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Thread: Who is in the "Western bloc"?

  1. #31
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    I wonder how many hours the judges/federati0ons spend conspiring
    . They have to think of how to give marks and what marks to give skaters for every single scenario.

    For a while I thought that for these upcoming Olympic games. The judges would be on their best behavior. Only to improve the image of the sport. Now I am not so sure.

  2. #32
    Custom Title Mathman's Avatar
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    Joe, sorry for the misunderstanding. I don't think that anyone said or thought that you made mention of sacrificing anyone. The suggestion of a sacrifice was made by ChuckM (post 19 above, when he specifically raised the possibiltiy that the Russian Federation might make a deal which would allow Shen and Zhou to win over Totmiamina and Marinen, in exchange for China's support for Plushenko and Slutskaya, and that's what I was responding to with my joke post, #21.

    What I was agreeing with Ptichka about was her observation that pairs is the most important discipline to the Russian federation, and what I was agreeing with Curious about (and with you, too) is that Russia has a strong team in both men's and ladies, and so doesn't need to be making any deals.

    I do, however, disagree with your emphasis on cultural similarities as an explanation for apparent bloc judging. I think it's politics -- simple if not so pure.

    I apologize if you took my earlier posts to imply that you had said anything about sacrificing anybody. That was not my intention at all. In fact, now that I actually took the trouble to read the articles about the "Sino-Soviet pact," they are not talking about Turino at all. Rather it is about China wanting to tap into the Russian expertise in training their athletes to win medals in sports like swimming and track and field at the 2008 summer Olympics in Beijing.

    Mathman

    PS. Eyeora, nobody knows for sure, but I'll bet the jockeying for influence has already begun. Madam Le Goigne said, in connection with her compromised judging at Salt Lake City, that the lobbying (mostly by Canada on behalf of Sale and Pelletier) started way back in the fall, as soon as the judges pool was selected. All the pressures coming at her from all directions were too much for her to cope with, according to her later statements during the investigation.

  3. #33
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    Quote Originally Posted by Mathman

    PS. Eyeora, nobody knows for sure, but I'll bet the jockeying for influence has already begun. Madam Le Goigne said, in connection with her compromised judging at Salt Lake City, that the lobbying (mostly by Canada on behalf of Sale and Pelletier) started way back in the fall, as soon as the judges pool was selected. All the pressures coming at her from all directions were too much for her to cope with, according to her later statements during the investigation.
    According to Lavoie -- in writing to the ISU, for which he was reprimanded -- and a Swiss judge who was there at the time, during one of the 2001 fall competitions, LeGogne told them that, of course she was going to vote with Sanaia, who was her friend, but he was so nice, what was she to do? Blech.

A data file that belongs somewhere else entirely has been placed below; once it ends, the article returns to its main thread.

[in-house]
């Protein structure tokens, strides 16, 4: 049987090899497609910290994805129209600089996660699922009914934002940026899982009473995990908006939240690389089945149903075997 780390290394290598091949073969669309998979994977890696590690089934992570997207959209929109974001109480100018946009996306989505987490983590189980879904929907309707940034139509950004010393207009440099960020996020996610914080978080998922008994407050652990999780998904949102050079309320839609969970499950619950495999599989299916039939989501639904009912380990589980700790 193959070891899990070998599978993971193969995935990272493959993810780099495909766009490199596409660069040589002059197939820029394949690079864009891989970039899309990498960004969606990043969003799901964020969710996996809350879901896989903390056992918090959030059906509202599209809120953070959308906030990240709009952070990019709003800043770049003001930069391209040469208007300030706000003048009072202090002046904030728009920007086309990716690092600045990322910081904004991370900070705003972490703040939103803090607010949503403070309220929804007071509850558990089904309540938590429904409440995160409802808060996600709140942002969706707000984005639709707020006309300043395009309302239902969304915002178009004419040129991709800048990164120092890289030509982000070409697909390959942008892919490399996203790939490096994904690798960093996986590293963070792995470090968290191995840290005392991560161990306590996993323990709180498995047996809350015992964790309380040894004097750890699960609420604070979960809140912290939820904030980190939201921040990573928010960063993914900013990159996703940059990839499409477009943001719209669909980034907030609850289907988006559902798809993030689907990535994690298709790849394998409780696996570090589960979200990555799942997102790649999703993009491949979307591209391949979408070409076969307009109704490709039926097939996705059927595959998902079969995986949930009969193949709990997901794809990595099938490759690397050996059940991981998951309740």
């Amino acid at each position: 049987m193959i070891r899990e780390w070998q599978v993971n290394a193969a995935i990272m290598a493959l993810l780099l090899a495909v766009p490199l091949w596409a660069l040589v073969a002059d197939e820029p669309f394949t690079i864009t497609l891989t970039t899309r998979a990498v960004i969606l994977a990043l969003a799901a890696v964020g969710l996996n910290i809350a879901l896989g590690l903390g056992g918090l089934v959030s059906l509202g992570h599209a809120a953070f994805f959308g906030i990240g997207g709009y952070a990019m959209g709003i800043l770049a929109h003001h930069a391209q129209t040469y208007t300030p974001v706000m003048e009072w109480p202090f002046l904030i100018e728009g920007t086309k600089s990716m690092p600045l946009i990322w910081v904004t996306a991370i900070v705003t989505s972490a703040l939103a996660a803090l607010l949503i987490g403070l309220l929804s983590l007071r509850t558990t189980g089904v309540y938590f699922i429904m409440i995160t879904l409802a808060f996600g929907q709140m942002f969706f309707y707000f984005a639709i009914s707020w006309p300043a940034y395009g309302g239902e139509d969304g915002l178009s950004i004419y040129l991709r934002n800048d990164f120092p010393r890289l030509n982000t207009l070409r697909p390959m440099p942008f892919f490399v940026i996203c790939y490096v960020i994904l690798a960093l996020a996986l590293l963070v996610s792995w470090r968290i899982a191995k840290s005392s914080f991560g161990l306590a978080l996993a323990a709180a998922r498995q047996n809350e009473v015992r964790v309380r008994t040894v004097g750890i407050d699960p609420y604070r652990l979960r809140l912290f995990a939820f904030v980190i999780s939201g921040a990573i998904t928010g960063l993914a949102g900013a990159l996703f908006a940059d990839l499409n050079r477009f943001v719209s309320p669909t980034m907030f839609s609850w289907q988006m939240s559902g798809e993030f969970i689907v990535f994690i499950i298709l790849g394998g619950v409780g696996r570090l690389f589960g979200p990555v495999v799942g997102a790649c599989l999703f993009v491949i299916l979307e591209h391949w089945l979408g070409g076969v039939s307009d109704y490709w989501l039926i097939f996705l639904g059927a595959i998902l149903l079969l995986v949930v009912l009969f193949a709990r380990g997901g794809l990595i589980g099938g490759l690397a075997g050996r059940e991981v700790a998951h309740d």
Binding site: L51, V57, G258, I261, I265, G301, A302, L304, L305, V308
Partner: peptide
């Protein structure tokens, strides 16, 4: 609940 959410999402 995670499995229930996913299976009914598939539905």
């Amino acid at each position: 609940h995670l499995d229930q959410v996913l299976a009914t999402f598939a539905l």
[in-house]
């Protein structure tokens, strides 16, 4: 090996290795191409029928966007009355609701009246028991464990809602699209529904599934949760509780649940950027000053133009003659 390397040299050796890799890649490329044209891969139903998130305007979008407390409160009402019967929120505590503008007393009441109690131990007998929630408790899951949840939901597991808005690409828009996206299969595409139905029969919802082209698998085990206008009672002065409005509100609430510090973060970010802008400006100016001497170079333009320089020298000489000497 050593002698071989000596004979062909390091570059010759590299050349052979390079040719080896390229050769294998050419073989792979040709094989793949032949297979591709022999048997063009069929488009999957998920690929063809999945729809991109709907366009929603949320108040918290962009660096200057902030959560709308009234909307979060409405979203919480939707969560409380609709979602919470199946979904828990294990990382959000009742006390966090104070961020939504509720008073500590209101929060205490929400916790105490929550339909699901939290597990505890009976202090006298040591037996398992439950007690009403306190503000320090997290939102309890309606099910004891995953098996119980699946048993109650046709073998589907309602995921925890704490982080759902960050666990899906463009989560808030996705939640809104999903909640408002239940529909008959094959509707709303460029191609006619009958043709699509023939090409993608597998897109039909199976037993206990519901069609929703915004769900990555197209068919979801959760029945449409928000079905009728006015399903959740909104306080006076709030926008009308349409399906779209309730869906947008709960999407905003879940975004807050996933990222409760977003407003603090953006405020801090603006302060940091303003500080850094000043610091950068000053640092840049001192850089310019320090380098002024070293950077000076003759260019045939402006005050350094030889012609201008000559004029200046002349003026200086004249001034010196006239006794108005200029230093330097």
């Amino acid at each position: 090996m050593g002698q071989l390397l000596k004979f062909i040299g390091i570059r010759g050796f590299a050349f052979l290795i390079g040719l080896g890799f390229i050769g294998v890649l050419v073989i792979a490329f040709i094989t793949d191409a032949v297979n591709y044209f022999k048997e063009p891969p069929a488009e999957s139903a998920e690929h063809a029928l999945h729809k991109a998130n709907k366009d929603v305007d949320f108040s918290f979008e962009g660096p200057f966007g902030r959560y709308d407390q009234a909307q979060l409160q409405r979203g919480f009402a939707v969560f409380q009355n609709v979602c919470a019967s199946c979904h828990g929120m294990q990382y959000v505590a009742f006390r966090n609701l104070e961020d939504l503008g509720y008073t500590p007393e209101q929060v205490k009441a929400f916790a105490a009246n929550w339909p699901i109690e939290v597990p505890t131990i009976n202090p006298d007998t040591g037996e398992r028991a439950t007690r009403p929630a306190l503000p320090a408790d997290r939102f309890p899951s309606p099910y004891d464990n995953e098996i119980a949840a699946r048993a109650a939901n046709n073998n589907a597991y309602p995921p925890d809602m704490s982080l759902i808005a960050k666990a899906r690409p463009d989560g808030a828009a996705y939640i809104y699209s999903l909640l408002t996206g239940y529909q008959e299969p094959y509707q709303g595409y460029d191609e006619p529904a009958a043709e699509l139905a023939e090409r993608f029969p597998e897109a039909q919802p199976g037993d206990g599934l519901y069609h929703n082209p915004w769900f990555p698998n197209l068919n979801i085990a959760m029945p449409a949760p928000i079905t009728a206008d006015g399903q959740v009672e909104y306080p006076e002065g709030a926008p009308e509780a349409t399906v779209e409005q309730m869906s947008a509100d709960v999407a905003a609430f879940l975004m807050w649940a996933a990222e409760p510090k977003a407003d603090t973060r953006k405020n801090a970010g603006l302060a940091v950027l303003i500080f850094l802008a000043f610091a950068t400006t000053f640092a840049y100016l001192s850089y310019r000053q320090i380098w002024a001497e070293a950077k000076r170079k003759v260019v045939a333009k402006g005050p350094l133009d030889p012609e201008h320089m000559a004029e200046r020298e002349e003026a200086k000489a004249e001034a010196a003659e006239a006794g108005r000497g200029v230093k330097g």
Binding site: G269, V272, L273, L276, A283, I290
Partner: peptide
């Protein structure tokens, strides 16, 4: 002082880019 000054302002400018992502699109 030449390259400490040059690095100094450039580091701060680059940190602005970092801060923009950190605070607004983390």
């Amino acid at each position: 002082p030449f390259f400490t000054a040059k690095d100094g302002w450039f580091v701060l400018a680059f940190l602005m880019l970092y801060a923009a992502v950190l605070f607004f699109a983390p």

4. #34
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    Thanks Mathman. Yes, deals will kill the sport altogether. but I still think cultural preferences play a big part in judging sports and being fans of judging sports. I'm all for Regional Selection of judges.

    As to that old SLC debacle with 100 per cent of the blame on LeG and none on the party with whom the deal was made. You figure.

    Joe

  5. #35
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    Joe...it got the joke too...I don't see culture as devoid of, or separate from, culture, so perhaps we are talking at cross purposes. But in terms of how I understand the way you are using culture...I just don't know anything worthy of a comment, hence why I haven't responded to that part of your discussion (i.e., the judges names, where they were born, raised, the languages they speak, how they were trained, what cultural traditions they consciously feel a part of, what aesthetic traditions if they see that as different, how they are selected for a particular season or event etc.).

    Now...it's not that I know anything about the politics here...i've just been musing a bit about the possible connections between ISU voting (and alliances built around that) and judging as a means to cement the same...explcit deals are likely but one part of the practice, imo (another possibility is seeing the way you come to think your hopeful allies see, not in a malicious or corrupt way necessarily). But, although I haven't said it so far, it's in this light that I can understand (not agree with) Speedy's annoymous judging....but it, to me, smacks of the proverbial band-aid solution...doesn't address the cause of the bleed (and I speculated earlier that one cause MIGHT be relative strengths of the different federations...but I have no idea if that is part of this from some sound emprical basis). anyway...enough speculating. I'll repeat, I got your joke and thought it was funny!

  6. #36